(I'm going to try and write some shorter posts while thinking through things for myself, let's see how it goes)
There is a school of thought that says you should understand the contract for any API you are programming against and only write code that stays within that contract. This is exemplified by some of the commenters on oldnewthing, by 'the right thing', by modern compilers' aggressive optimization in the face of undefined behaviour, by Design-by-contract, by static typing and by our dear linters, static checkers and valgrinds.
Then there is another school of thought that you should (just) test your code and if the tests pass it's good. This is exemplified by Linus and oldnewthing themselves, by Worse-is-better, by HTML and it's compatibility modes, by KISS and refactoring, by dynamic typing and by all our testing frameworks, red-green-refactor -tools, browserstacks and manual QA.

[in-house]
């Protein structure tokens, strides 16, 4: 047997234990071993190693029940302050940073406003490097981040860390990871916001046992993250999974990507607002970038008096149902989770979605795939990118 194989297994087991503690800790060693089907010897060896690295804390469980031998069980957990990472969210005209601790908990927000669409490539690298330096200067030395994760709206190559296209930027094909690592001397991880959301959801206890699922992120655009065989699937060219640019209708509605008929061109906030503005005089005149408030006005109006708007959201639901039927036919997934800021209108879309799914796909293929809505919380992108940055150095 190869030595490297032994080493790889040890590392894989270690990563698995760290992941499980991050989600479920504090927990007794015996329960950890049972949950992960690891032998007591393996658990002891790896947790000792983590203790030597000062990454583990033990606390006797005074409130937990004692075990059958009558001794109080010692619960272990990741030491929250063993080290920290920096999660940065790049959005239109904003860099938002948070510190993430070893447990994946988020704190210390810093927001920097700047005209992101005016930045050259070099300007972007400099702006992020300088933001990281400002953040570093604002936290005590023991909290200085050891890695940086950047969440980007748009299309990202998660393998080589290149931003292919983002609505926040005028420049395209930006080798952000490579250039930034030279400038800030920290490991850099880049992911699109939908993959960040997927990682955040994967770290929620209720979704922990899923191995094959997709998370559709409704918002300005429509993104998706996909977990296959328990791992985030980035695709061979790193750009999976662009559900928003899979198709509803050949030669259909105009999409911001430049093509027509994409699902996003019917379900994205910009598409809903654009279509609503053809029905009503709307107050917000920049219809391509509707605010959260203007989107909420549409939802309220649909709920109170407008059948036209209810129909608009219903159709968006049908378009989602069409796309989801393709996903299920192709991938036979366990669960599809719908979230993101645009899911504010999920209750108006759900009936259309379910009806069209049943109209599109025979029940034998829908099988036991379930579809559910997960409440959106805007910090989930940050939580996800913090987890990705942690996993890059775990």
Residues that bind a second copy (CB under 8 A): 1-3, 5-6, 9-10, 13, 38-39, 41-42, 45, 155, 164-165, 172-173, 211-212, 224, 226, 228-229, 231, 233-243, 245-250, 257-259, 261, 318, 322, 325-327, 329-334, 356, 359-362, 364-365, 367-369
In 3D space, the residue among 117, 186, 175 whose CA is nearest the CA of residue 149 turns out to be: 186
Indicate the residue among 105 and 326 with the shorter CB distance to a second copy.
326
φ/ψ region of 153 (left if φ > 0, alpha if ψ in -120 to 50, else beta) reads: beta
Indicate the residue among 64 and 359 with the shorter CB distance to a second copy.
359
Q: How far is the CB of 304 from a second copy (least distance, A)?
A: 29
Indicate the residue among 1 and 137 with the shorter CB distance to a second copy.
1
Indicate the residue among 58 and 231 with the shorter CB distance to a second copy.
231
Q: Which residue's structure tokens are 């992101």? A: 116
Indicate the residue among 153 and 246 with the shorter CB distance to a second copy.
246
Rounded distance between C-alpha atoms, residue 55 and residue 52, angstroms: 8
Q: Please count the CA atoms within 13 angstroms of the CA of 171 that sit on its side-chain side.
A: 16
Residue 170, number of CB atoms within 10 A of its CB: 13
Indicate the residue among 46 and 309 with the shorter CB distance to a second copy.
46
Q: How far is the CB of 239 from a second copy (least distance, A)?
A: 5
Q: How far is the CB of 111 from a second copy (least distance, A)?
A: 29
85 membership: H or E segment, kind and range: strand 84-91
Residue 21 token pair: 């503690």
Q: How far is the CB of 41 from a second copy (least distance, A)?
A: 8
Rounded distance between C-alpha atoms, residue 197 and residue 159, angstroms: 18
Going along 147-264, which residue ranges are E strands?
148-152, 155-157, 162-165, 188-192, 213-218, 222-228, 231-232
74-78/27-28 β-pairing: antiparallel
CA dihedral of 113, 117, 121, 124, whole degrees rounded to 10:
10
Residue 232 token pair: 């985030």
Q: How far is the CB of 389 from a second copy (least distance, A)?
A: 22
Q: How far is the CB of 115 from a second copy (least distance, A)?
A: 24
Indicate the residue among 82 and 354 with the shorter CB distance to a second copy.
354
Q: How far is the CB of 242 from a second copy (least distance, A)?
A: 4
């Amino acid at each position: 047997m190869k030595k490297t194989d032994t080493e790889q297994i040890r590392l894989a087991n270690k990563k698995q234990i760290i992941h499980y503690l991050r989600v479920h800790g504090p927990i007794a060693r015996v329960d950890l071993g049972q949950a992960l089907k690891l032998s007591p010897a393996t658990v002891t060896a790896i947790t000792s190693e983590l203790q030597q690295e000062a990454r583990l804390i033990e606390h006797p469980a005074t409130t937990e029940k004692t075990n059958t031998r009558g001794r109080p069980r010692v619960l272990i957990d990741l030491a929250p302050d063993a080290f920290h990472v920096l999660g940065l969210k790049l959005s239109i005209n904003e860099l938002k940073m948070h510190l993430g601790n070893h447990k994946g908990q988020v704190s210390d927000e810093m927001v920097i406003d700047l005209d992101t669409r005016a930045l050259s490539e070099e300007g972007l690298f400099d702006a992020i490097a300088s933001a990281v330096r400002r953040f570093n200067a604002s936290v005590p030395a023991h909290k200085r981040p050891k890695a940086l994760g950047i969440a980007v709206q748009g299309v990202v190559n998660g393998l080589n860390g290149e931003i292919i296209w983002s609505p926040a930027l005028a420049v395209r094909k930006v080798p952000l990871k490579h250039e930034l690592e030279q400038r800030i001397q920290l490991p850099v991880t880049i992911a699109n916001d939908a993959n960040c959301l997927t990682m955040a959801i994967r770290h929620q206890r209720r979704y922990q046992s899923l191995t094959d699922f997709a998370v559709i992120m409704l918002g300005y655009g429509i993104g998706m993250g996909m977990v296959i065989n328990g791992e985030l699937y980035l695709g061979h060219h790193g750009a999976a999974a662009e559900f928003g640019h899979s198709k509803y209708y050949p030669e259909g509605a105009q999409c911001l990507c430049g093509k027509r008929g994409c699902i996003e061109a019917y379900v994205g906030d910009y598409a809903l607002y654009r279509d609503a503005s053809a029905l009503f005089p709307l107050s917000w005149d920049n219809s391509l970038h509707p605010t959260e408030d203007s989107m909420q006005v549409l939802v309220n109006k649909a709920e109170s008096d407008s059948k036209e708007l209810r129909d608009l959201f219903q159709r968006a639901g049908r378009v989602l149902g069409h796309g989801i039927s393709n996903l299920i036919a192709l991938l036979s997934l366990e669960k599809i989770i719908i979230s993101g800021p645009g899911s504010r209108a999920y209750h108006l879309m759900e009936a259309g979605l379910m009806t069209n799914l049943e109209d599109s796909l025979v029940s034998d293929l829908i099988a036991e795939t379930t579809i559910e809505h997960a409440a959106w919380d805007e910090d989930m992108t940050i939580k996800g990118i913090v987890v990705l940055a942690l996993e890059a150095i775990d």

I think this a bit like Yegge's liberal vs. conservative - I feel conflicted about this dichotomy. I definitely want to have tests for my code and my colleagues' code, I'm writing more dynamically typed code than statically typed but I love my linting and valgrind and understanding the APIs I program to.
I think I want to prefer writing to contracts but my behaviour doesn't match.